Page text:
But again, Stepanek broke in the opening game, attacking Federer, playing solidly from the back of the court, slicing wide to the Swiss backhand and happily taking volley chances. During the meat of the set, with both playing some fine all-court tennis of touch and variety, this became a delight to watch, and all the more so for the pro-Federer crowd when he broke at the key moment, just as Stepanek served for the set. He did it in style, racing in for a smash winner—but that was not the end of this gripping story.

A fall from Stepanek—he mopped up the court and then wiped his brow with the same towel—preluded a love hold that took the set to a tie-break.

It began with a controversial point—two bad line calls, both against Stepanek. He pretended to shoot the two offenders with his racket but kept his calm, went 5-2 up, only for Federer to double fault. The Czech levelled the match, 7-4—and promptly broke the opening Federer serve for the third consecutive time with some glorious shot-making.

But it was short-lived. Although Stepanek fought through four deuces, he could not hold off a down-the-line backhand winner from a now rampant Federer and they were all square.

There was one final twist after Federer had made two more breaks. Serving for the set, the Swiss had two match points, double faulted twice and handed a break back. He compensated with a last match-winning break, 6-3—but it had taken him over two hours.

He admitted that he had been thrown at being broken at the start of all three sets, and that he was perhaps over-analysing what he should do:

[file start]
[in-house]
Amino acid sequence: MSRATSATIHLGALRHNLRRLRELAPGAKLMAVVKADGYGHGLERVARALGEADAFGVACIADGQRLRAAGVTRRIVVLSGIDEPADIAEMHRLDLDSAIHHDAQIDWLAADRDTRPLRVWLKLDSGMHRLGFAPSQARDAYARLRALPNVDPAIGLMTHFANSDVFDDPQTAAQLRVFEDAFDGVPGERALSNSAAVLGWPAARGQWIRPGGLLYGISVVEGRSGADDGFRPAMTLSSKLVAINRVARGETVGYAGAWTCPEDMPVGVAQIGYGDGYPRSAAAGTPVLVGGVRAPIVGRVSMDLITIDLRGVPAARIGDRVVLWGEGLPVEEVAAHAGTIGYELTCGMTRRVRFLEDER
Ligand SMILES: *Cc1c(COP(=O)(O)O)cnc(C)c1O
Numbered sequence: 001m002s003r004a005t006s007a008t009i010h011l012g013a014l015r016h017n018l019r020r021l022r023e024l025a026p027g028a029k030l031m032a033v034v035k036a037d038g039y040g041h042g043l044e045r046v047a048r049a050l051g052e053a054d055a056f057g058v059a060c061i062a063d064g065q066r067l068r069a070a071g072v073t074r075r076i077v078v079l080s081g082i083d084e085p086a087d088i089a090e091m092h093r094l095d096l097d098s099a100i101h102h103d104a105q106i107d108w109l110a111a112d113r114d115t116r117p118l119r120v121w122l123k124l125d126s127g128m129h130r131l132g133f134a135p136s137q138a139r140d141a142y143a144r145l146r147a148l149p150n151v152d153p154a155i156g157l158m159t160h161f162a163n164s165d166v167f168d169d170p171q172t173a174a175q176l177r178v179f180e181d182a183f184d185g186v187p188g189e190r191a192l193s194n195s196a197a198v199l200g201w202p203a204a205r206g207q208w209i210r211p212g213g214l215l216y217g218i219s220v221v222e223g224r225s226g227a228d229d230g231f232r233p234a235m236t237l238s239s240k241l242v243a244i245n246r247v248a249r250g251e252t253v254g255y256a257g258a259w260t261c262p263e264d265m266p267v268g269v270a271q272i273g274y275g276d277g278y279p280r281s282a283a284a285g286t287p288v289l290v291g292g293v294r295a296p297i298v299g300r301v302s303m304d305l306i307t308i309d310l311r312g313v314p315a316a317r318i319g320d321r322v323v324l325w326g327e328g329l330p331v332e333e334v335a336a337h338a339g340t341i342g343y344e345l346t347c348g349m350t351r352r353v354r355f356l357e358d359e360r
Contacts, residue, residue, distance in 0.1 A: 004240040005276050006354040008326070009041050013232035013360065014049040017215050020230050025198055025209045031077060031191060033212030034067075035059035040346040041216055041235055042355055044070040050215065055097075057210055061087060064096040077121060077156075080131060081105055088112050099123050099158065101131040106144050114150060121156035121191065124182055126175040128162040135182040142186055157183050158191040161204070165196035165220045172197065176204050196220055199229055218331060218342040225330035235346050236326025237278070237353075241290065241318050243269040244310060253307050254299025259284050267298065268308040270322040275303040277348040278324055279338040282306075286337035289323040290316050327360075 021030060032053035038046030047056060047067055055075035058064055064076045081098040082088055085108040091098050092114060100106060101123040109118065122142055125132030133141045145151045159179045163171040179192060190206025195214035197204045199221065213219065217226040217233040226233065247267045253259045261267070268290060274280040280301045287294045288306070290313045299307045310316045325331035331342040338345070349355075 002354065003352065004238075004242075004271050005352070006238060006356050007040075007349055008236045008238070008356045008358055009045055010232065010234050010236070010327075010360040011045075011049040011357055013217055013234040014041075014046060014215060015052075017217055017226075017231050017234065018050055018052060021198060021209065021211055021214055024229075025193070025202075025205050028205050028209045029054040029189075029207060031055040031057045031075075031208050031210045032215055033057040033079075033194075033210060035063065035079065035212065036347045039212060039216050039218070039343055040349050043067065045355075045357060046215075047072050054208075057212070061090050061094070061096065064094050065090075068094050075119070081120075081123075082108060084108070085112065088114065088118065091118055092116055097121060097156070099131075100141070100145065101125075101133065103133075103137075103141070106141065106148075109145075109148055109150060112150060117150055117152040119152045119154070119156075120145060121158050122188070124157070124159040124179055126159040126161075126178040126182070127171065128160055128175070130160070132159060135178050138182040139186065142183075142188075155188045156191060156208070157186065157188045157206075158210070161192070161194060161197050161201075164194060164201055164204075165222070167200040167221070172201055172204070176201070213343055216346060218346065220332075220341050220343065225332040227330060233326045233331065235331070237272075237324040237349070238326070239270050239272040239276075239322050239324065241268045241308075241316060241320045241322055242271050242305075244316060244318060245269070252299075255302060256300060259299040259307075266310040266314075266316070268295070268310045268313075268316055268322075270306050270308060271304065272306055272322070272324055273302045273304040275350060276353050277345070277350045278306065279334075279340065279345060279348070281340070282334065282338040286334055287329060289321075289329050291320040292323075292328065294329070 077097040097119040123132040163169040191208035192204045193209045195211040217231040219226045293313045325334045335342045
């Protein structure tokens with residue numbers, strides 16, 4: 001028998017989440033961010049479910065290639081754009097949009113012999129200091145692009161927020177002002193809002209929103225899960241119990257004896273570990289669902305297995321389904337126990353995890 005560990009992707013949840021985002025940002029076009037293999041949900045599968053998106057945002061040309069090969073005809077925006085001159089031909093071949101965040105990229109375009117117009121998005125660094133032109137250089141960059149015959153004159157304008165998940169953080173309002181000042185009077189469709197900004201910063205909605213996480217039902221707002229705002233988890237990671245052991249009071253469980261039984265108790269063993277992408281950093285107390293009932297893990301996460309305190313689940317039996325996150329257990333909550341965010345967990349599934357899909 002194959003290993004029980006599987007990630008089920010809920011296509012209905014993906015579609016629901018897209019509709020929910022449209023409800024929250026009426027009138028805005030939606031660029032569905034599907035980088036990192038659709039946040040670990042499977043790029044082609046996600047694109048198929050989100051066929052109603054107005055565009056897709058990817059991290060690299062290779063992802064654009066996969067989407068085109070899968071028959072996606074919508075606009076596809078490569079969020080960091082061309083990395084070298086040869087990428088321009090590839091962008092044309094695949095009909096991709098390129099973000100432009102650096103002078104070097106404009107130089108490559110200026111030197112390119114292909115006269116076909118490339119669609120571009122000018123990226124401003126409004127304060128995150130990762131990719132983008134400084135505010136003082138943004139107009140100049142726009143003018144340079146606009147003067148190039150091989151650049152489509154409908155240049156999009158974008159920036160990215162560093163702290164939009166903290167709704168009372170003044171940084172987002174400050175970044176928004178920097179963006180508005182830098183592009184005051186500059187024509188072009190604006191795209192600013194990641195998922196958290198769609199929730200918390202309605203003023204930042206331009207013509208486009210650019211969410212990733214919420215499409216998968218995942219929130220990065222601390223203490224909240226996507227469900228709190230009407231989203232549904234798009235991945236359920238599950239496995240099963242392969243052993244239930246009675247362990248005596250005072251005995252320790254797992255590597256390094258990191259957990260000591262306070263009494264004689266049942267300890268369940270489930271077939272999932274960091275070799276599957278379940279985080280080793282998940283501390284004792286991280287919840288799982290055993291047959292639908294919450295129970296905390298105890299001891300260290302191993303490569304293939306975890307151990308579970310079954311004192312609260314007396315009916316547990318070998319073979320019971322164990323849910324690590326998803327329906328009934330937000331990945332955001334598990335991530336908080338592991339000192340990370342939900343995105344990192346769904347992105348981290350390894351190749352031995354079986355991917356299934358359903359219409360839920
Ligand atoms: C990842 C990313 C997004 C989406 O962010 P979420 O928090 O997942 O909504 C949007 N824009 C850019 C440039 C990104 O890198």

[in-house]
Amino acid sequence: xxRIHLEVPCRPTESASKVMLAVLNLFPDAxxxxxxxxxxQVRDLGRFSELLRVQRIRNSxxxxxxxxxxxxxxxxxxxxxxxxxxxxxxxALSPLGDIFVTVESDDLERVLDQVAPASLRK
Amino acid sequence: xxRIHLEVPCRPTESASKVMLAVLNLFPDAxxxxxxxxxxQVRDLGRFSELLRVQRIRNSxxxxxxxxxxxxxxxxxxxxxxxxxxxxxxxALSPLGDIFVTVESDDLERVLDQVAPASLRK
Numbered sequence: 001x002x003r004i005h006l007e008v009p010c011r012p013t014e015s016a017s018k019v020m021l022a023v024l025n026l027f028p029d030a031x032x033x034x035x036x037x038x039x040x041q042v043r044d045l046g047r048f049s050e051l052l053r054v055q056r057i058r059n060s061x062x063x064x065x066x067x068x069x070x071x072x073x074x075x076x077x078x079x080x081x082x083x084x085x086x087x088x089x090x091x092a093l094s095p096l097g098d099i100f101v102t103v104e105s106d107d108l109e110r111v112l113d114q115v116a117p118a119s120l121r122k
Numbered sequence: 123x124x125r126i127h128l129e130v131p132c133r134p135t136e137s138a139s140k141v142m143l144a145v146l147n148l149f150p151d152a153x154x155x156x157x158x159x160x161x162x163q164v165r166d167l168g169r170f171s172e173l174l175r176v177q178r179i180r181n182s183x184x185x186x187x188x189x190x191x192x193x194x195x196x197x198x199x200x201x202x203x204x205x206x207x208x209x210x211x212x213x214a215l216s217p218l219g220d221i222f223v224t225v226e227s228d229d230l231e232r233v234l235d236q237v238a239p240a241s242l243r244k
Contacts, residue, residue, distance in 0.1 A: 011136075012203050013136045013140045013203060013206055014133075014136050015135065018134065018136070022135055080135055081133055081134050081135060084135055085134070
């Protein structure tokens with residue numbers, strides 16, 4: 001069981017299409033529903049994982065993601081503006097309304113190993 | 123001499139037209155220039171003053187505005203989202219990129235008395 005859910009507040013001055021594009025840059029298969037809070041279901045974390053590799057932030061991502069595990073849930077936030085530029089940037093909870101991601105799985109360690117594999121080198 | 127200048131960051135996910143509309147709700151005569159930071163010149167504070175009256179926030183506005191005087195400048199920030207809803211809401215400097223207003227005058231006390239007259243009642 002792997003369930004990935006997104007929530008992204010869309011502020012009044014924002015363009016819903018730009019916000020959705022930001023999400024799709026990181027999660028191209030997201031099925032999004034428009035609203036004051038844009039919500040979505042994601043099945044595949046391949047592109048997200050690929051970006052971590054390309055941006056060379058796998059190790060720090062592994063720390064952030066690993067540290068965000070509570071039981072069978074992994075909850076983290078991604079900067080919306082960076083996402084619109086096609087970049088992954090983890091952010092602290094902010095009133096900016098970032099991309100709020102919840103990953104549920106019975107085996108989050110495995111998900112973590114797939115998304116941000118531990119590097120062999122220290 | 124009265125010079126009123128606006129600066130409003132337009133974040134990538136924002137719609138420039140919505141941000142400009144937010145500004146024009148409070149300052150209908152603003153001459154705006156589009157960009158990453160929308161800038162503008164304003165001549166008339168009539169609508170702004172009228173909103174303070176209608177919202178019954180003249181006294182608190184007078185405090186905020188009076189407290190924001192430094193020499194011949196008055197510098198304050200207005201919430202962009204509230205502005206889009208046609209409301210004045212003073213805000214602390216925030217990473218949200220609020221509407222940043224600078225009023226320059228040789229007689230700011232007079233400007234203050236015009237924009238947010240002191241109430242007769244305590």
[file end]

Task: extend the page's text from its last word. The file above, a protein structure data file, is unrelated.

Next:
“I’m trying to analyse everything, what I’m doing right and what I’m doing wrong, and I’m playing shots at the same time. There is a lot of thinking going on out there. It’s not very helpful, but I do think I started to understand what I was doing wrong, which made me maybe play a little bit tentative from the baseline, made me not make enough shots, why I wasn’t playing as aggressive as I wanted to, couldn’t find the right balance between offence and defence, no transition games at all. It was almost a bit too late for everything, but I kind of hung around and, you know, I took the positives out of the match.

“Radek did a good job of putting the pressure on me and mixing it up. From that standpoint, it was a really difficult match. I’m very pleased to come through.”

He next plays another Czech, the big-hitting, shot-making Lukas Rosol. Federer was asked what he expected: “No rhythm, heavy hitting, big serving, taking huge cuts at the ball from the baseline on my serve. That’s kind of what I see coming my way.” Memories, perhaps, of Rosol’s outstanding display in beating Rafael Nadal at Wimbledon in 2012.

In the meantime, Federer clocked up his 39th match-win in Dubai. No40 should provide some extra incentive late tomorrow evening.

Gossip
Fabrizio Romano
Fabrizio Romano: Man United have discussed signing Jurrien Timber from Ajax
Gossip
Mikel Arteta
David Ornstein names six potential summer transfer targets for Arsenal
Michael Owen
Michael Owen reveals his prediction for Liverpool FC v Real Madrid
Gossip
Thomas Tuchel
Reporter: Thomas Tuchel wants Chelsea FC to sign Josko Gvardiol from RB Leipzig
Gossip
Mikel Arteta
David Ornstein provides update on Eddie Nketiah's Arsenal future
Gossip
Fabrizio Romano
Fabrizio Romano: Man United have discussed signing Jurrien Timber from Ajax
Gossip
Mikel Arteta
David Ornstein names six potential summer transfer targets for Arsenal
Michael Owen
Michael Owen reveals his prediction for Liverpool FC v Real Madrid
Gossip
Thomas Tuchel
Reporter: Thomas Tuchel wants Chelsea FC to sign Josko Gvardiol from RB Leipzig
Gossip
Mikel Arteta
David Ornstein provides update on Eddie Nketiah's Arsenal future
Slideshow
Top 50 Muslim footballers: Arsenal, Chelsea FC, Liverpool FC and Man United stars feature
Top 50 Muslim footballers: Arsenal, Chelsea FC, Liverpool FC and Man United stars feature